Impacts of COVID-19 on the Elderly
around the world, the impacts of the recent pandemic, both immediate and repercussive, cannot be overstated. Deaths, economic downturns and job losses are just a few of the struggles that we as global citizens will have to grapple with in a post COVID-19 world. That being said, there are certain populations who are affected by the pandemic more than others.
The most vulnerable
It’s obvious that the elderly have been much more vulnerable to the physical effects of SARS-CoV-2, the virus behind the pandemic, but that doesn’t mean the only effects we should be concerned about are physical. As people all around the world are learning, being stuck at home can affect one’s mental, emotional and physical health as well. In addition, COVID-19 has also highlighted a glaring weakness in healthcare practices for the elderly, in that existing homecare was difficult to afford and obtain before the pandemic, but is even more complicated to obtain in the current climate.
New levels of isolation
As a population, the elderly and the pre-pandemic homebound were already isolated. For instance, an 85-year-old woman might rely on her adult daughter to obtain and bring her groceries, or to help her shower several times a week. In the fallout of COVID-19, someone like this woman will be exposed just by nature of her everyday life—that is, relying on a person outside their home to help them in basic tasks and survival.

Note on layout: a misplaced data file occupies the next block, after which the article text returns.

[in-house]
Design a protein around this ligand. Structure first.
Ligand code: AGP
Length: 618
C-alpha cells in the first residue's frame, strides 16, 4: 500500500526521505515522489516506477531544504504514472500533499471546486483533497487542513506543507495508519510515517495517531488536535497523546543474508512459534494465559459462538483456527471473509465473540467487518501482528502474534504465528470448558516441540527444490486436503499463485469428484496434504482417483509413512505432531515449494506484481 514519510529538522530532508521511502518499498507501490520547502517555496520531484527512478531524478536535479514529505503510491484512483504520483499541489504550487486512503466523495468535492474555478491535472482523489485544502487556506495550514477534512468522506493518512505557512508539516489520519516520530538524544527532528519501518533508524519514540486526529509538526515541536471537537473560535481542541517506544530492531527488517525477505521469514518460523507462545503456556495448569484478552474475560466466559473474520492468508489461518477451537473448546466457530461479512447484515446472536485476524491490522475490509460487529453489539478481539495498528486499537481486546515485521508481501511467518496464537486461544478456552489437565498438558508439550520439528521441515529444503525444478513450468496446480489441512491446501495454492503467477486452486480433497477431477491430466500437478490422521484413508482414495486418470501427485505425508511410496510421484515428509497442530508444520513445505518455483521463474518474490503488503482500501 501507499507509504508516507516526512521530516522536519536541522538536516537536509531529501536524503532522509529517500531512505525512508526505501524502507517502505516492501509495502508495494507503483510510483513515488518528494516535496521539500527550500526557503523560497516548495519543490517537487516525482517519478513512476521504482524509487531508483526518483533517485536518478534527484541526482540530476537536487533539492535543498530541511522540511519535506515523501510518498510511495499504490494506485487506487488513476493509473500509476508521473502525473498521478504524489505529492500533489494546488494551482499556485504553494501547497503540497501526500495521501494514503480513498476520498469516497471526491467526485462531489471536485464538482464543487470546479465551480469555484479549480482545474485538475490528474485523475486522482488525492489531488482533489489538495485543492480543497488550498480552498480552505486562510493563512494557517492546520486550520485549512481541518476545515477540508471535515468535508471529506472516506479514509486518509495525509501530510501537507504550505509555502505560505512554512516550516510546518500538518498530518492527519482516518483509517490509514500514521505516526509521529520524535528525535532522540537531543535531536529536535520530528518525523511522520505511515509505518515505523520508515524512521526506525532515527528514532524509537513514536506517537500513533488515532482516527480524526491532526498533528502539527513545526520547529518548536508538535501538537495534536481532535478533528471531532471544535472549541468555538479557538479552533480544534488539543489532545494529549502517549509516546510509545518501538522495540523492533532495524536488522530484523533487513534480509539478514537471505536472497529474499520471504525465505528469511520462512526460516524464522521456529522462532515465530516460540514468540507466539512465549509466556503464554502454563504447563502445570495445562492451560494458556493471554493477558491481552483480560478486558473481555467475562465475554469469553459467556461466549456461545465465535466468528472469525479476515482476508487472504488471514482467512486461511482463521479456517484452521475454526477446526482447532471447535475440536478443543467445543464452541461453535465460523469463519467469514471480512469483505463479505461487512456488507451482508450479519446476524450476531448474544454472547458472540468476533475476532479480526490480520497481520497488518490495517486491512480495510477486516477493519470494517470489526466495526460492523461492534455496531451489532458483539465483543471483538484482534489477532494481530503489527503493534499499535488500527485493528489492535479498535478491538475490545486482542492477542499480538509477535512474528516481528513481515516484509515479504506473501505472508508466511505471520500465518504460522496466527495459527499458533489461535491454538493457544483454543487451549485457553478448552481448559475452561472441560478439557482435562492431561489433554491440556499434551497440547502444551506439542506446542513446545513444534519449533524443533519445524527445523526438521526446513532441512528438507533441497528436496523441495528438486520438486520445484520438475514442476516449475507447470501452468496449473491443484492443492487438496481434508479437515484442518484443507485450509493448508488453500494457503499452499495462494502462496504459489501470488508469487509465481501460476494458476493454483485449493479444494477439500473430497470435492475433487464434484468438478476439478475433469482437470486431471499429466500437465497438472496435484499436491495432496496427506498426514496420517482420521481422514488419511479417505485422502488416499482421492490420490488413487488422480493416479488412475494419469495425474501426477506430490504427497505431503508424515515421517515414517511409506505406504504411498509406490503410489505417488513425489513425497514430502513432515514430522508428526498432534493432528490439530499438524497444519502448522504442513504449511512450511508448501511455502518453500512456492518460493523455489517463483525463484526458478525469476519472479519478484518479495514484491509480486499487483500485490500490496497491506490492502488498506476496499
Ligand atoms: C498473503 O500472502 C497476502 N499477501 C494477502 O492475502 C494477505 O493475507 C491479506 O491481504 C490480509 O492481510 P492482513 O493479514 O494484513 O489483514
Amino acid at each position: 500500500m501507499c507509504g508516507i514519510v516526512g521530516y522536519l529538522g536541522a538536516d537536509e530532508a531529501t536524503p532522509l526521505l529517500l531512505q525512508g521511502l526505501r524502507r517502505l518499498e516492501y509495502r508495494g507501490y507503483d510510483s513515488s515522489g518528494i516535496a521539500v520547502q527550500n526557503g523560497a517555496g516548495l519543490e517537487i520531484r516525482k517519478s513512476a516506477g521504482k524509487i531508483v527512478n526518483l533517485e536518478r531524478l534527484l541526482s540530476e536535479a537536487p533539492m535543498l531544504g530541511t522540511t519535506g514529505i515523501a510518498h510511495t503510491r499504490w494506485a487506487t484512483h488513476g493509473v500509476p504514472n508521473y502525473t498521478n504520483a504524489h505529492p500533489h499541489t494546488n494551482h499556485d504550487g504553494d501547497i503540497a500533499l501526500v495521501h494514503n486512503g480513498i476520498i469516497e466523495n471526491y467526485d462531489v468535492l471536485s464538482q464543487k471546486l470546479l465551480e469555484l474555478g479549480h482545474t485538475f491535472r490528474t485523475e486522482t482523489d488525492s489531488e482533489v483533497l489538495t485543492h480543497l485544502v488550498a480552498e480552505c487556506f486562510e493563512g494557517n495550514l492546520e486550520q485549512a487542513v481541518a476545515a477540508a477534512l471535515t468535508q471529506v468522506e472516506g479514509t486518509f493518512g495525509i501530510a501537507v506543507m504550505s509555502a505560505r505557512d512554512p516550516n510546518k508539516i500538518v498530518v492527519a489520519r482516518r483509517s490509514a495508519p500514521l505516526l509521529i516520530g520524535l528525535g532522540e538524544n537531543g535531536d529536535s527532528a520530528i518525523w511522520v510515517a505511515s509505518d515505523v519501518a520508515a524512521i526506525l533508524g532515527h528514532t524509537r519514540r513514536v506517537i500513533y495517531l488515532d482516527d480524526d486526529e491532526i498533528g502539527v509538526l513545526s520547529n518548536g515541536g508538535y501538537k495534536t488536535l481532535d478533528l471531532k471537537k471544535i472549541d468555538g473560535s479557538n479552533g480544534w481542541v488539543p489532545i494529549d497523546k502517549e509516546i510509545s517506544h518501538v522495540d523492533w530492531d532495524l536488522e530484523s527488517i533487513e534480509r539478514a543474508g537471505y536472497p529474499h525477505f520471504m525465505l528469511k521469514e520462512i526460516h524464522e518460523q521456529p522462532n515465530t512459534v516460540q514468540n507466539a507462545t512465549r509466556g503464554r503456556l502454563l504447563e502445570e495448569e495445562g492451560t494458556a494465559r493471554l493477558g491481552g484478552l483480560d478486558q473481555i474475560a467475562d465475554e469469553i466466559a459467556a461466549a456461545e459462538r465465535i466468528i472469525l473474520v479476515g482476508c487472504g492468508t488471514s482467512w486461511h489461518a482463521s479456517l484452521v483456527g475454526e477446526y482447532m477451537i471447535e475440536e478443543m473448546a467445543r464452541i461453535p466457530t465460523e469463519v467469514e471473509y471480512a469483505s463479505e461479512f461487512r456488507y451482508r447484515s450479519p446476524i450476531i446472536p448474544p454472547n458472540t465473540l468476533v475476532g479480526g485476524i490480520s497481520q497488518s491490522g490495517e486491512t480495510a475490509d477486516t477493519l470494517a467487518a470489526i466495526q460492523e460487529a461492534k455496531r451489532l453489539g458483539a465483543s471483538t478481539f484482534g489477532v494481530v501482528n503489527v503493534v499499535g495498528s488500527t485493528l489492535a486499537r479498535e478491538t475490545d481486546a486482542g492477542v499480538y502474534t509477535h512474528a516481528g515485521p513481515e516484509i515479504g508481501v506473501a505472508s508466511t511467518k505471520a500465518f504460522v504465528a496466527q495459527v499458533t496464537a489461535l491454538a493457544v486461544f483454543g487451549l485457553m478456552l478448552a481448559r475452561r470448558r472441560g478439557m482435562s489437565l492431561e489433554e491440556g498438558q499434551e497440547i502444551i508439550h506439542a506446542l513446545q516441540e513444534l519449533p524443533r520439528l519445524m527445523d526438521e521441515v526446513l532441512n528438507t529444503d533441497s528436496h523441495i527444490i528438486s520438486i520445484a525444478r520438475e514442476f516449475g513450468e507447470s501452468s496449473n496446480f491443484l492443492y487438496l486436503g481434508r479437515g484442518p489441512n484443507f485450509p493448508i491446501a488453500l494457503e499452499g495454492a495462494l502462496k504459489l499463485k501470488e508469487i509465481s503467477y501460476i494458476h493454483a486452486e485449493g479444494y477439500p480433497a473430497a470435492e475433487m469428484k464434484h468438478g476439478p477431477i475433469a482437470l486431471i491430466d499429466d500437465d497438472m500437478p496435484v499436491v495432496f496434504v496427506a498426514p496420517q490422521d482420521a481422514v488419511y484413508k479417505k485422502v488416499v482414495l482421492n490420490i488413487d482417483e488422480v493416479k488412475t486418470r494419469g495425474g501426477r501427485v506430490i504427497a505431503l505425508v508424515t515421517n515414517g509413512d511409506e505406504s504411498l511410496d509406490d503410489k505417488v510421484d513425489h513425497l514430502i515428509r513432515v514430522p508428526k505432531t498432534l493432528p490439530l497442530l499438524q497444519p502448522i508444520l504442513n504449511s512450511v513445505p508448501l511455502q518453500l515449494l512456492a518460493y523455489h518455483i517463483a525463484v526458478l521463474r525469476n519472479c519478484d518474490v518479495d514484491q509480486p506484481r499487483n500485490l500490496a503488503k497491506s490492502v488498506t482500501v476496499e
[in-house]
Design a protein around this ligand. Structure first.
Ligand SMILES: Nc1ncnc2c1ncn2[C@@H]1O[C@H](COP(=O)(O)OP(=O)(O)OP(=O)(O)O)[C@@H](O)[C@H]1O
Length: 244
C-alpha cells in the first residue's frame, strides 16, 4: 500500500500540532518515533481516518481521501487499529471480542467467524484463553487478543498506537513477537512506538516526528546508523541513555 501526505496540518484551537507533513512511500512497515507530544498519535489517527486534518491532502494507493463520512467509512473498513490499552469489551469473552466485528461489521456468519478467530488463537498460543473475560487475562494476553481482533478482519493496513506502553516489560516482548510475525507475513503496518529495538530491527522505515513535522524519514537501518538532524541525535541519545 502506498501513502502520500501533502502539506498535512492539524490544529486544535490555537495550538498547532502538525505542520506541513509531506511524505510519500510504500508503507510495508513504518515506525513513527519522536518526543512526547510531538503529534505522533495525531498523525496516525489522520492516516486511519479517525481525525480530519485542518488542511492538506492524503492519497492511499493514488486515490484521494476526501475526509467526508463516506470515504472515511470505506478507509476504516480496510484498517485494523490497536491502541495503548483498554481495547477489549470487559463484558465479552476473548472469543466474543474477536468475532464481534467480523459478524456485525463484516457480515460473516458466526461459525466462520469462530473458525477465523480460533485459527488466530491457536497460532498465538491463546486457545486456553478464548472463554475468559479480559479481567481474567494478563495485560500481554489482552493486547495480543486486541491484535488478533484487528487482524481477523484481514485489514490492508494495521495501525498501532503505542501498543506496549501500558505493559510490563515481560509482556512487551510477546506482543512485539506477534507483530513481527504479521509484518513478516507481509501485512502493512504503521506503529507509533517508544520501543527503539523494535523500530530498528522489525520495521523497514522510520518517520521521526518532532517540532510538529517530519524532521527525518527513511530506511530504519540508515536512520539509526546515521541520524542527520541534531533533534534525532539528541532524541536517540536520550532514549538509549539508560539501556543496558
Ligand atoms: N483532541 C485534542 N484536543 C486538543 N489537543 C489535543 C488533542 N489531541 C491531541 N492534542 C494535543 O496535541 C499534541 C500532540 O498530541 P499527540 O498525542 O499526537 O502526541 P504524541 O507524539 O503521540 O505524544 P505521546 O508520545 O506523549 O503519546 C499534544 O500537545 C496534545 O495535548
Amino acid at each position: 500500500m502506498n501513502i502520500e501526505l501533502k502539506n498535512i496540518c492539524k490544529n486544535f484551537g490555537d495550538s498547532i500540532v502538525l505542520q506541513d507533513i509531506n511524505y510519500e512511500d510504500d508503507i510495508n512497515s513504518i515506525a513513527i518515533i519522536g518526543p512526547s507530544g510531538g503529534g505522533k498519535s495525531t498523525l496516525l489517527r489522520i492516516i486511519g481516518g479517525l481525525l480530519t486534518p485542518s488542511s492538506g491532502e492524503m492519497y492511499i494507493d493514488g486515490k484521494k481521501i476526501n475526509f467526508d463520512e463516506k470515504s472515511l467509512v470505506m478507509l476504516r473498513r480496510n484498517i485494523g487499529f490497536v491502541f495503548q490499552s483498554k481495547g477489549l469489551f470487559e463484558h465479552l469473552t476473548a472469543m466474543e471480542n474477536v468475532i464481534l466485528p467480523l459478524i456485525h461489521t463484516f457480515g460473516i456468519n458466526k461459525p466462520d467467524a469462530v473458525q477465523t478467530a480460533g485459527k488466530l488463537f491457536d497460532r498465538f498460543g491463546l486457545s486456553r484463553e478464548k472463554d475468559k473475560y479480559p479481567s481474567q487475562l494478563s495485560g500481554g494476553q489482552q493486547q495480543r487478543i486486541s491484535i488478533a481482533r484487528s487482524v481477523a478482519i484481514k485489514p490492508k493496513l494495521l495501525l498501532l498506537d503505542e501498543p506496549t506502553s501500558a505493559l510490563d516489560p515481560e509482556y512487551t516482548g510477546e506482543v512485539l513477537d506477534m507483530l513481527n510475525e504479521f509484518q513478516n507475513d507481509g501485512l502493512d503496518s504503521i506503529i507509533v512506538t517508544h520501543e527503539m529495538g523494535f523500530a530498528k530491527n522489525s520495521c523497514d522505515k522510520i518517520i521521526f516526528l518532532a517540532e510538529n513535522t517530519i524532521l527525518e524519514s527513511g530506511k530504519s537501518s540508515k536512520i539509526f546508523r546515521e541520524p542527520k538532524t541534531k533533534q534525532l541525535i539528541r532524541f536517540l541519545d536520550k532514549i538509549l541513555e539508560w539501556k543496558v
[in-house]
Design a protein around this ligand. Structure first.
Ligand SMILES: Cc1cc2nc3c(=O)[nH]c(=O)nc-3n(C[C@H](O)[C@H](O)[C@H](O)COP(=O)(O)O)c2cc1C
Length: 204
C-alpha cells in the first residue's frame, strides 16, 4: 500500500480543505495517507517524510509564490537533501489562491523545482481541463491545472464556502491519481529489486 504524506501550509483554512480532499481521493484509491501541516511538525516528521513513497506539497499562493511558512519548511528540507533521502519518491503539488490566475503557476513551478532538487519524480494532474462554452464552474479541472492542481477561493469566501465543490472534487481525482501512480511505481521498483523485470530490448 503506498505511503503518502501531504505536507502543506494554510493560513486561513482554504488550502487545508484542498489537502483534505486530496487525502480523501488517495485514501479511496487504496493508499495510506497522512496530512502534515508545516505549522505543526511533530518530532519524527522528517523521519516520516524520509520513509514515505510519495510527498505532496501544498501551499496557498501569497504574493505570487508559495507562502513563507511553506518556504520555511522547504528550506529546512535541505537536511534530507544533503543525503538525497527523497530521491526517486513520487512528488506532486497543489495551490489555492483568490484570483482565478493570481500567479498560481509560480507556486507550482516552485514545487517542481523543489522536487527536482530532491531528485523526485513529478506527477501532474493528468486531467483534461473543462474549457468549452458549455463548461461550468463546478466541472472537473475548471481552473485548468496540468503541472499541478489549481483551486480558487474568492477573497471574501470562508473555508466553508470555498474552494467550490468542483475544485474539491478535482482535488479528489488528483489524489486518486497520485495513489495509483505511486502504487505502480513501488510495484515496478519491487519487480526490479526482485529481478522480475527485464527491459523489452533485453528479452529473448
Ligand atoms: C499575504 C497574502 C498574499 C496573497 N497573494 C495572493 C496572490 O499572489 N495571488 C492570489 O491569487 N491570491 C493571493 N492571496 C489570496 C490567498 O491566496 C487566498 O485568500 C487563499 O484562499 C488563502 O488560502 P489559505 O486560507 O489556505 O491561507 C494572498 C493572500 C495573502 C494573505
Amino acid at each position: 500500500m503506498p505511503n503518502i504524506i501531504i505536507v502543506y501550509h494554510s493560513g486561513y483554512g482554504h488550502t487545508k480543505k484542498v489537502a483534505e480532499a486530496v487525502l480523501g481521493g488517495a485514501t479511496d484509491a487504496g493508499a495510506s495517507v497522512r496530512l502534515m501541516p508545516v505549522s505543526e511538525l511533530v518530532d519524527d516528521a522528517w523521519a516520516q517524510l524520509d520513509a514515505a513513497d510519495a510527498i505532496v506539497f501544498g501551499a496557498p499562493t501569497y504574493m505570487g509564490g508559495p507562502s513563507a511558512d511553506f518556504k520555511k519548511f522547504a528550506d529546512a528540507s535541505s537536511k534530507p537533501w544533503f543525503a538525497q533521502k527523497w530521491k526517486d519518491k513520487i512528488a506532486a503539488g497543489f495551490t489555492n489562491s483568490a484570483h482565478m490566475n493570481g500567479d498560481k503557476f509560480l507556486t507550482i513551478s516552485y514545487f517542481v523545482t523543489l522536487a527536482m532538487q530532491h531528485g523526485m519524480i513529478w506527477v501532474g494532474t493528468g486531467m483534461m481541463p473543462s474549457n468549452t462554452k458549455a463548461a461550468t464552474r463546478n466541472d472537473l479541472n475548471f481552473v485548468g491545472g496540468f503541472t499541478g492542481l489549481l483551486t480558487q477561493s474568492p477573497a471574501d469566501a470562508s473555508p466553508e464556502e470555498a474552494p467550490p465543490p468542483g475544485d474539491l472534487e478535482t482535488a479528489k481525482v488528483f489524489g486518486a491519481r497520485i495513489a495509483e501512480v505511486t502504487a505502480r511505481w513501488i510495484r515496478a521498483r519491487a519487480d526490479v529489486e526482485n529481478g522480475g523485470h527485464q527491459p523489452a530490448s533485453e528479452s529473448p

But the concerns for the elderly should be more than just mortality rates. Many elderly people may not have access to social media, an important tool in combating loneliness and connecting with loved ones in this unprecedented time. Community events that drew seniors and the elderly out of their regular spheres are no longer happening, and these populations have less reasons than ever to leave the house and interact with others on a social level. Such isolation can exacerbate existing health problems while also increasing fear and emotional suffering.
Although the CDC has outlined specific guidelines for those in long-term care facilities and other forms of shared housing for those over age 65, it’s still important to consider all the ways we can help keep the elderly safe—mentally as well as physically.
Difficulty maintaining at-home care
With job losses as high as 20 million in the past month, there are a lot of people that suddenly aren’t able to afford what they used to. One such casualty of a thinning budget could be Grandma’s part-time nurse or a disabled son’s in-home care. Services such as personal care and grooming, not to mention grocery shopping and light housekeeping can be expensive at the best of times, but particularly now.
Personal care assistants, nurses and medical assistants who fill these positions are putting themselves at risk, and so should be paid accordingly. As the costs mount for essential care for the elderly and homebound, it’s obvious that many will require financial assistance to maintain the same level of care they had before. As for those who couldn’t pay for such services before, there’s little hope for it now without some form of assistance.
A nonprofit like the Live Care Foundation can help lift the financial burden for families, one donation at a time. Go to livecaregrants.org to donate.